Hands On with the BlackBerry KEY2
TCL gave its BlackBerry phone a total makeover and hit all the right spots. The phone is easier on the eyes, easier to hold and use, and more powerful than ever thanks to improved specs. With two rear cameras and portrait shooting, Android 8.1 Oreo with BlackBerry Hub+ and DTEK, and a retooled keyboard that's more responsive, there's lots to like about the latest 'Berry. Here are Phone Scoop's first impressions.
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TCL showed off the BlackBerry KEY2 today, an update to last year's keyboard-equipped phone. The company spent a lot of time going over customer reviews of the original in order to improve this second-generation device. The differences are palpable. The KEY2 is slimmer, lighter, and more premium that the original all while offering the appeal of a touch screen and the productivity-enhancing power of a QWERTY keyboard.
The KEYone was a clunky tank. A large phone, it was heavy and somewhat unwieldy. TCL took criticisms of this phone to heart. The KEY2 jumps to 7000 series aluminum for the chassis, which is 1mm thinner and 20 grams lighter. These may sound like minor improvements, but they truly add up. The slimmer device is much more appealing to me. I particularly like the new shape, which has rounded off edges, rather than the hard lines of the original. The KEY2 comes in two colors: silver and matte black. Both are sharp.
Another big complaint of the original was the keyboard, which was smushed down into the bottom of the face. TCL moved the KEY2's screen up so it could make the keyboard taller. The larger keyboard has bigger buttons with improved travel and feedback. Again, these small improvements really add up. The keyboard is much punchier than that of the original's. The roomier layout makes for easier and more accurate typing in the few moments we played with the phone onsite at the launch event. The keyboard has new frets that run side to side and help keep your thumbs on point.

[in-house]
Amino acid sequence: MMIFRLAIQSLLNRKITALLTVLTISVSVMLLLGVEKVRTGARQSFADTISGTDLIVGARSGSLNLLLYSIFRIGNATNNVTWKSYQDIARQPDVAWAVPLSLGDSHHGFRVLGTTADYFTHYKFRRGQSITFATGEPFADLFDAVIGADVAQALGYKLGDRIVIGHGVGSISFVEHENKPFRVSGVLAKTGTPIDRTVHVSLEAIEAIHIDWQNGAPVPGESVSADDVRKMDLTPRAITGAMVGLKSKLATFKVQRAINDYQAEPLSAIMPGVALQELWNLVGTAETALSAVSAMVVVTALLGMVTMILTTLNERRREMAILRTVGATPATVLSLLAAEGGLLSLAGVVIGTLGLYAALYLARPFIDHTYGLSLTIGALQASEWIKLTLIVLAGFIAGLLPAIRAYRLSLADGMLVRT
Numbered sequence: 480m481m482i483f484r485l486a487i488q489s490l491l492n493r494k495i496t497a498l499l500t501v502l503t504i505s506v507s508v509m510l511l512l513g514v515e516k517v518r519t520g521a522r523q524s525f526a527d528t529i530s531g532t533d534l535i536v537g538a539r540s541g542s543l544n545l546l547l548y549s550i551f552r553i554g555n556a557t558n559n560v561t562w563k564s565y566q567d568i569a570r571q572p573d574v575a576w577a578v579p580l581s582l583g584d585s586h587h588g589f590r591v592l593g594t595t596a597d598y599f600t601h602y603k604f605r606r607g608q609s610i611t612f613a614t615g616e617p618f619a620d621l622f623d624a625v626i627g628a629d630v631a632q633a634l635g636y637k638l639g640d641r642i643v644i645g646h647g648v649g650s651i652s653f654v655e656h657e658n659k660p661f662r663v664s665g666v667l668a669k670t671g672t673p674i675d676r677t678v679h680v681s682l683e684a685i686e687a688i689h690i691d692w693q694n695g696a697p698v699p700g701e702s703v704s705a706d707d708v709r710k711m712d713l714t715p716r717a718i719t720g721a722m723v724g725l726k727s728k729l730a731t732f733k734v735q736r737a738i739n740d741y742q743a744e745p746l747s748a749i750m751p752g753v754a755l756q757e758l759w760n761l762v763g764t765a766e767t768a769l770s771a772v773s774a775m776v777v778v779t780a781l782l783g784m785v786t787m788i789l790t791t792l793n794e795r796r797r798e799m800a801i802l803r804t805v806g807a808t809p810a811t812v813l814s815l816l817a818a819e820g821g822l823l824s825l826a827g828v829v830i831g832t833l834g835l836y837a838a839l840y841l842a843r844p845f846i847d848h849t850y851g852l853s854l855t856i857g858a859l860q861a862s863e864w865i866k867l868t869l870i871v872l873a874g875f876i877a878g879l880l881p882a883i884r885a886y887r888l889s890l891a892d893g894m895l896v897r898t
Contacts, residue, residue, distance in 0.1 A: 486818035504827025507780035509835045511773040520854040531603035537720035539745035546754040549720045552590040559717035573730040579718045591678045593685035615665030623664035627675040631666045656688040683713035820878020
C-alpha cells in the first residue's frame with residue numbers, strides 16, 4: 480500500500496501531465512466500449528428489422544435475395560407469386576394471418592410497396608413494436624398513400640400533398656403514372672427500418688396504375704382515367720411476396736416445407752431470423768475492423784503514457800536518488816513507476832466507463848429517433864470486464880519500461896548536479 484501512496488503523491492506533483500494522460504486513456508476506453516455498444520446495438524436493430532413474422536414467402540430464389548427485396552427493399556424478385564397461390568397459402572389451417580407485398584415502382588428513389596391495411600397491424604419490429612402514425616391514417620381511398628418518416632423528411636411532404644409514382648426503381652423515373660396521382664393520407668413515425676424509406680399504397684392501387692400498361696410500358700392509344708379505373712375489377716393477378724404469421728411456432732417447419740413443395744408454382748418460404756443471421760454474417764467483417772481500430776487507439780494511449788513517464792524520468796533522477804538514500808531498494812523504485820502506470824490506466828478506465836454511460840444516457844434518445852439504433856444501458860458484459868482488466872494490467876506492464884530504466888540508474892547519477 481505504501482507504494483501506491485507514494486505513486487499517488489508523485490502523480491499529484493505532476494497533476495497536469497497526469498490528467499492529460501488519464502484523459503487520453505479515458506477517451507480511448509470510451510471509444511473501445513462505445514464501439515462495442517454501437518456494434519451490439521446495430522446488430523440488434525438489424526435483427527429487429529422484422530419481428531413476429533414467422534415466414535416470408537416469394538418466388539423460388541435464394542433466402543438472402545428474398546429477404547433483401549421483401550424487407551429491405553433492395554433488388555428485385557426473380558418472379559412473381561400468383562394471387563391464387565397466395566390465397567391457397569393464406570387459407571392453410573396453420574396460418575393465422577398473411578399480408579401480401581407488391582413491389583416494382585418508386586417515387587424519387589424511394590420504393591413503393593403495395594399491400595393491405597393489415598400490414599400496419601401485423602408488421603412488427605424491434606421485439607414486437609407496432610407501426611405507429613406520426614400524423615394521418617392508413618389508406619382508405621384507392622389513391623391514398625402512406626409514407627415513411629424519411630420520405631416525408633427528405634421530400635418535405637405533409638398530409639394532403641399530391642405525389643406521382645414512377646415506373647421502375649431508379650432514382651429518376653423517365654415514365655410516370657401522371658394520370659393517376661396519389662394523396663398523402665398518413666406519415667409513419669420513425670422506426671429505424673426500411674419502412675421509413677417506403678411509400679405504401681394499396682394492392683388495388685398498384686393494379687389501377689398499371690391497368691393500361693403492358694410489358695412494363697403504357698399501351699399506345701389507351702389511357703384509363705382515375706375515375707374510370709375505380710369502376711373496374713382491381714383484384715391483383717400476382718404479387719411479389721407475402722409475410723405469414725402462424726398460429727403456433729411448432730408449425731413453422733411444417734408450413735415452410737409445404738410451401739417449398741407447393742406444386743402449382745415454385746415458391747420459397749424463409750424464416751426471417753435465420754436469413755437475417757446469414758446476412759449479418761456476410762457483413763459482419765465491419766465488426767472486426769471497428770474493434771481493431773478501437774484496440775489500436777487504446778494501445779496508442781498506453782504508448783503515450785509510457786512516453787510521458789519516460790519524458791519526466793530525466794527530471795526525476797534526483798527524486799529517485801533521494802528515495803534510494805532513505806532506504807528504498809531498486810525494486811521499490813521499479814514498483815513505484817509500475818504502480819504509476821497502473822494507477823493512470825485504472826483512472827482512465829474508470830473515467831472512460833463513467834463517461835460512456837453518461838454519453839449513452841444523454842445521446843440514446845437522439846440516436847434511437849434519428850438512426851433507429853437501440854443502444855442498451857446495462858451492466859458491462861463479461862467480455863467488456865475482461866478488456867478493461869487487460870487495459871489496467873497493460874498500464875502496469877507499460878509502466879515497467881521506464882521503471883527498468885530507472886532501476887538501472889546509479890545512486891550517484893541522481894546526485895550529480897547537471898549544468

As before, the keyboard acts as a trackpad. You can swipe your thumb around the keyboard to move the cursor or navigate through web pages. I dig this feature. The fingerprint reader is embedded in the space button, which makes lots of sense. New this year is what TCL calls the Speed Key. TCL devices to get rid of the right "shift" button and replaced it with the Speed Kry, a dedicated action button that can be used to trigger user-defined shortcuts. Neat!
The screen is mostly a carry-over from the original. It has the same 4.5-inch measurement in a 3:2 aspect ratio at 1,080 by 1,610 pixels. It's a fine display, though it doesn't quite have the impressive pop visible on devices from LG and Samsung. It doesn't feel cramped and is bright enough for use outdoors. I like the 2.5D curved glass, which bends slightly along the edges. It helps keep the shape in check.
A fairly typical series of buttons and ports populate the outer edge. There are three physical buttons on the right edge — the volume toggle, the screen / power button, and the user-definable action key. All three have good travel and feedback. I like the profile of the screen lock key, which is ridged to help set it apart from the others.
You'll note a USB-C port on the bottom, along with drilled speaker holes. A 3.5mm headphone jack is on top. The SIM / memory card tray is on the left edge.